This week I have received a number of questions about daycare and school reopening strategies. It will come as no surprise that there is essentially no guidance about such from the CDC. In fact, the CDC refers schools to their messaging for Healthcare Facilities and state that schools “may find it helpful to reference the Ten Ways Healthcare Systems Can Operate Effectively During the COVID-19 Pandemic.” Schools are most certainly not healthcare facilities.
So, once again, we are left to fend for ourselves in this pandemic. Looking to other countries for clues may be helpful but, remember, the United States is in the grips of an epidemic spread of COVID-19 at a level unlike any other county (save India and Brazil perhaps). So school reopening protocols and lessons from countries like South Korea, Germany and the UK may not be directly applicable. Even still, South Korea closed hundreds of schools in late May that had reopened days earlier — and postponed the opening of many others — after a spike in cases of coronavirus.
First, let’s cover some basic principles of any reopening strategy. On these I think we can all agree and they do not really need to be debated (modified from World Health Organization (WHO) guidance).
- Sick students, teachers and other staff should not come to school.
- Schools should enforce regular hand hygeine and encourage facemasks when feasible.
- Schools should at a minimum, ensure daily disinfection and cleaning of school surfaces.
- Schools should promote social distancing by staggering the beginning and end of the school day, cancelling assemblies / sports / other events that create crowds, have faculty meetings remotely, keep children’s desks to be at least 1-2 meters apart, teach and model creating space and avoiding unnecessary touching.
- Schools should increase classroom airflow and ventilation with open windows.
- Schools should have a remote learning option established for those children at high risk or unable to return safely to school.
But here’s where things will break down given that, as a nation, we have steadfastly refused to implement the three basic pillars of any coherent public health response. Test, Trace and Isolate. But these are impossible to do at school, you say. But actually they are not.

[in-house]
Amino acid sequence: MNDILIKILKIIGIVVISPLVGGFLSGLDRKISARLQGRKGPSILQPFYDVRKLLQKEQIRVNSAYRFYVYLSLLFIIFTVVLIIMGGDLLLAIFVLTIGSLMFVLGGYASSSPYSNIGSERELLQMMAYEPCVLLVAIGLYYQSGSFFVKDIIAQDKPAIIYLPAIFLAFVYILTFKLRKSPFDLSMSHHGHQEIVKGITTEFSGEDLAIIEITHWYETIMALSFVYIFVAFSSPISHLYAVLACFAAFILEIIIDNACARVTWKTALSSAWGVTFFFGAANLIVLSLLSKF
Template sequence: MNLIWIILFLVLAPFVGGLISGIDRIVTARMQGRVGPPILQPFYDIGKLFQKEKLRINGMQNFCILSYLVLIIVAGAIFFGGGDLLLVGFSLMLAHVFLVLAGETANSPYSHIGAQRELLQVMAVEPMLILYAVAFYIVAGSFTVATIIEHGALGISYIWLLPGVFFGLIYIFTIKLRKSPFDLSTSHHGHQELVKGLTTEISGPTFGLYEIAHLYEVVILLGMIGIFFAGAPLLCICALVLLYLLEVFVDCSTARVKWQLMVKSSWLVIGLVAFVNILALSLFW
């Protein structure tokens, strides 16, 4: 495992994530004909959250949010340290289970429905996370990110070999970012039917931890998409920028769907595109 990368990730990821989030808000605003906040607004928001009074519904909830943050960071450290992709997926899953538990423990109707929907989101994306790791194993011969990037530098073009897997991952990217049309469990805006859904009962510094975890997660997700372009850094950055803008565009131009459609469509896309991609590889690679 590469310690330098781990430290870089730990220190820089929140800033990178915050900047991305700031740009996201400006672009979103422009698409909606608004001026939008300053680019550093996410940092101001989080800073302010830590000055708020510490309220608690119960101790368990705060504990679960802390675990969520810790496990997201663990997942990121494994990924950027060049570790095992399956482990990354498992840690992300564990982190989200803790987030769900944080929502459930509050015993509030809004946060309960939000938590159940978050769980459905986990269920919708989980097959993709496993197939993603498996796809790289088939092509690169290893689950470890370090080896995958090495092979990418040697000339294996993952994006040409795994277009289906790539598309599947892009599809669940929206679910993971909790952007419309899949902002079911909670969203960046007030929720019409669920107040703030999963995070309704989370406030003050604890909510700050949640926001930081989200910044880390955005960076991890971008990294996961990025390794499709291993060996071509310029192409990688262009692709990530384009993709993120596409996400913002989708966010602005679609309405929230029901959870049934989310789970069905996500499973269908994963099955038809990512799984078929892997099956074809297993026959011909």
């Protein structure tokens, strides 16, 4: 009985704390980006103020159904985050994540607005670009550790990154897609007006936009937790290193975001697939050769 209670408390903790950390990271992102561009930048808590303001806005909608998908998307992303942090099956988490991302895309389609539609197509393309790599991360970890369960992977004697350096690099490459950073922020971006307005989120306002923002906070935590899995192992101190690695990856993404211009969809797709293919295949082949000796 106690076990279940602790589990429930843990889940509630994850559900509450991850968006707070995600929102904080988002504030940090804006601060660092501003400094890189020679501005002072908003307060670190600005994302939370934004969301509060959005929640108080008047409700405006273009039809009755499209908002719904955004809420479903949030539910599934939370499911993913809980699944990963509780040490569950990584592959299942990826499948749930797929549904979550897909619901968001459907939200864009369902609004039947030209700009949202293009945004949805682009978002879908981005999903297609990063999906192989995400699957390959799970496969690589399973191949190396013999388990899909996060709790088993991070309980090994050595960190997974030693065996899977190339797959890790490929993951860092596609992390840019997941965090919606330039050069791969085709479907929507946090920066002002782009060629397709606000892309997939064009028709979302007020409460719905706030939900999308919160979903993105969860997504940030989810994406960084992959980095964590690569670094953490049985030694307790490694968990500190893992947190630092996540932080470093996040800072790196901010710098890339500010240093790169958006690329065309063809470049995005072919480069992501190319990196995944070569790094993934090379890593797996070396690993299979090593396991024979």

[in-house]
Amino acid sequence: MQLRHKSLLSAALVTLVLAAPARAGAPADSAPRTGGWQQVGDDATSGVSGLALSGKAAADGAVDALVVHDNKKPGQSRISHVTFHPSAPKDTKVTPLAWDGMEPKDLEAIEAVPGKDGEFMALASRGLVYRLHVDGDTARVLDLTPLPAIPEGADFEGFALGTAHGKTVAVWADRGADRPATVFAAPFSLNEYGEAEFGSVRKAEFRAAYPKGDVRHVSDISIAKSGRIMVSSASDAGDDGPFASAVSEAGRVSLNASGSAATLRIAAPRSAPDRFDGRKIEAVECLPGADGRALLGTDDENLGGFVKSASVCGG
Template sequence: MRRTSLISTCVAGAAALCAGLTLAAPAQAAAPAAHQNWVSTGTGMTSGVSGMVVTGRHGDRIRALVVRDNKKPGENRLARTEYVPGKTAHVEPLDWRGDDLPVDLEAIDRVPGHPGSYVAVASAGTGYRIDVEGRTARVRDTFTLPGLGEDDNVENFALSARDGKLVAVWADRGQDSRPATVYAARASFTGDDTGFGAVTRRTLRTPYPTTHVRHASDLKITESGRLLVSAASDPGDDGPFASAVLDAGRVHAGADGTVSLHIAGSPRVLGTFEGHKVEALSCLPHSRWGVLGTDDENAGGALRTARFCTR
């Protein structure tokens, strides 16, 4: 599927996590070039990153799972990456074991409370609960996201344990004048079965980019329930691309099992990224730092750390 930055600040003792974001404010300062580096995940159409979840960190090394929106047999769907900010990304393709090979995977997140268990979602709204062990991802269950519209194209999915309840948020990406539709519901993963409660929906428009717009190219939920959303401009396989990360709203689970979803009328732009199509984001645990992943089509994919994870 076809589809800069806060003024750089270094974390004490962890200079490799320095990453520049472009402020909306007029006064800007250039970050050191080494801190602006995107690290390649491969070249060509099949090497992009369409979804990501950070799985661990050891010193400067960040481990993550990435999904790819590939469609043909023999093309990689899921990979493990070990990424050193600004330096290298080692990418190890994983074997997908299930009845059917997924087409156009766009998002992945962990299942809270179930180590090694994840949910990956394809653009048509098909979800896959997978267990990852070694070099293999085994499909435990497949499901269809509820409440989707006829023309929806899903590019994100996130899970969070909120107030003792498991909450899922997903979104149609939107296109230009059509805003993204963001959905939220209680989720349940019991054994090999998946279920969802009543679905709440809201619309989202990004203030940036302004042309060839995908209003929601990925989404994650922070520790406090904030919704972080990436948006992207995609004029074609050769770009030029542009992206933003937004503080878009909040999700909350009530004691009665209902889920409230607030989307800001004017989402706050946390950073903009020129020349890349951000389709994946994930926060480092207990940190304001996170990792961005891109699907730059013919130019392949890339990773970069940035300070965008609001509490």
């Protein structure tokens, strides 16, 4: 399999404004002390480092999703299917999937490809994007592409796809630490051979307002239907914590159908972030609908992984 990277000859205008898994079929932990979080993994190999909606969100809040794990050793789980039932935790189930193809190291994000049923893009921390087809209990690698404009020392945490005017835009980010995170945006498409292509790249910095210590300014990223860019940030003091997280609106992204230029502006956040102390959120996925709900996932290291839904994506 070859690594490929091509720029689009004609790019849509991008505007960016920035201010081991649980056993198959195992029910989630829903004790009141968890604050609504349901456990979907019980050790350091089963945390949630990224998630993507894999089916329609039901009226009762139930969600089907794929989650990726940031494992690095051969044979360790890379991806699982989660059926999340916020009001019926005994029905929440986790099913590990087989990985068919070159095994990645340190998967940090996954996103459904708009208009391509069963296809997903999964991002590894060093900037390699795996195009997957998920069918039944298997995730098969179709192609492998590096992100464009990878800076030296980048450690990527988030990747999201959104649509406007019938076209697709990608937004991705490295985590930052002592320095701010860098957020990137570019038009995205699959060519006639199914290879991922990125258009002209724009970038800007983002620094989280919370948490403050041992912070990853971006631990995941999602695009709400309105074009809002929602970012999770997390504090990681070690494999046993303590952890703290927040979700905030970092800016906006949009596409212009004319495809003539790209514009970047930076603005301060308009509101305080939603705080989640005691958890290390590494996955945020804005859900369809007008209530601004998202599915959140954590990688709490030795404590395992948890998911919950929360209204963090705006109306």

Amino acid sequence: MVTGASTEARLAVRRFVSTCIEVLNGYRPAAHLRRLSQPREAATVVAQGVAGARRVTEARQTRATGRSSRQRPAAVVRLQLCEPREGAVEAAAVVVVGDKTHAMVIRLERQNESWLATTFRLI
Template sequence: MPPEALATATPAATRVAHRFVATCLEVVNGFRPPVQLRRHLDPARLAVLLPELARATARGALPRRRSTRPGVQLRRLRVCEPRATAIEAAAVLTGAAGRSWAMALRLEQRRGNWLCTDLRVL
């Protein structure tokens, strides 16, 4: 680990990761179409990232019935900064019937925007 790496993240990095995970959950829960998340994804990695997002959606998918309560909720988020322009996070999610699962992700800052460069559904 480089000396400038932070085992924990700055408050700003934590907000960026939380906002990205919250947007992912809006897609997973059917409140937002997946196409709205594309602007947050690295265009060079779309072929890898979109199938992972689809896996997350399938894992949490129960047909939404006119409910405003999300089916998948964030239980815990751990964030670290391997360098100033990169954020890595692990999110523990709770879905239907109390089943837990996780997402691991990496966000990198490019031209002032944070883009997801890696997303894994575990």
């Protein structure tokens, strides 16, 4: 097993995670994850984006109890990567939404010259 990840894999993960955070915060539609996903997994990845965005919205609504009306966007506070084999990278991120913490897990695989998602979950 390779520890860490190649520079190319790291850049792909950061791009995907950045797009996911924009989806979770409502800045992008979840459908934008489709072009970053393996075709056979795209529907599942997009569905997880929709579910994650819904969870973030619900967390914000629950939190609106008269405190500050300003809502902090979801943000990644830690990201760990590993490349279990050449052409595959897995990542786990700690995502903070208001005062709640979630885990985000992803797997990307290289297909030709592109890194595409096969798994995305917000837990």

Test, Part 1: I can already here the outcry. How are we going to test all of the children that return to school? Don’t you realize that an infected person is contagious for at least a week? Don’t you realize that infected people can spread COVID-19 without displaying any symptoms (pre-symptomatic or asymptomatic)? And yes, I do realize those things. Any feasible approach to reopening schools will require students to be tested for COVID-19 every other day. Impossible, you say…
Test, Part 2: Possible, I say. Enter batch testing and intelligent planning. This idea is simple, and feasible. By combining a group of samples, say from all the students and the teacher in one classroom, you can increase testing capacity by 20-30 fold. If anyone in the group is positive, the entire sample will come back positive. Then you can go back and test each individual in that pool. In a low population prevalence situation (such as, thankfully, California) the overwhelming majority of samples will come back negative. Now granted, nasal and cheek swabs are an arduous way of testing but saliva seems to be a particularly good way to isolate the virus. Saliva based tests will most likely be widely available by Fall.
Test, Part 3: The other efficiency gain of batch testing is that it can be replicated across other activity ‘pods.’ Say a child is part of a sports team, music group or other extracurricular activity – batch testing can also occur there. In this way, an individual might be tested across multiple batches permitting traceable movement across these pods. This leads us to our next pillar…
Trace. Presumably the movement of children will be easier to track than those of adults since, with the exception of those in the upper grades of high school, they will not be traveling independently. Some may access school through public transportation but, again, with supervised and traceable movements, close contacts should be readily identified, tested and quarantined if needed. Leading us to our final pillar…
Isolate. This step should be obvious but will place a significant burden on parents and guardians who will now be charged with keeping a child with COVID-19 home for a minimum of two weeks. While symptoms may resolve more quickly in children as compared to adults, two weeks of isolation will be necessary. Schools should have a remote learning option already established as noted above. Therefore, children in isolation after a positive test should be able to access this learning option – thereby relieving some burden on caregivers. In my own (adult) practice I formally evaluate quarantine end by administering 2 COVID-19 tests separated by 24 hours. This, while burdensome, falls in line with the recommendations of the South Korea Centers for Disease Control and would prevent a student from returning to the classroom too early.
As school districts move forward with reopening plans, no doubt they will spend significant effort communicating those strategies with which we can all agree – staggered start times, social distancing, sanitation and handwashing. However, I have little confidence that they will take the time and effort needed to implement a coherent Test, Trace and Isolate strategy. In fairness, why would they given that as a country we have been unwilling to invest in such a strategy? But, without such, schools will reopen and soon close again as cases spike.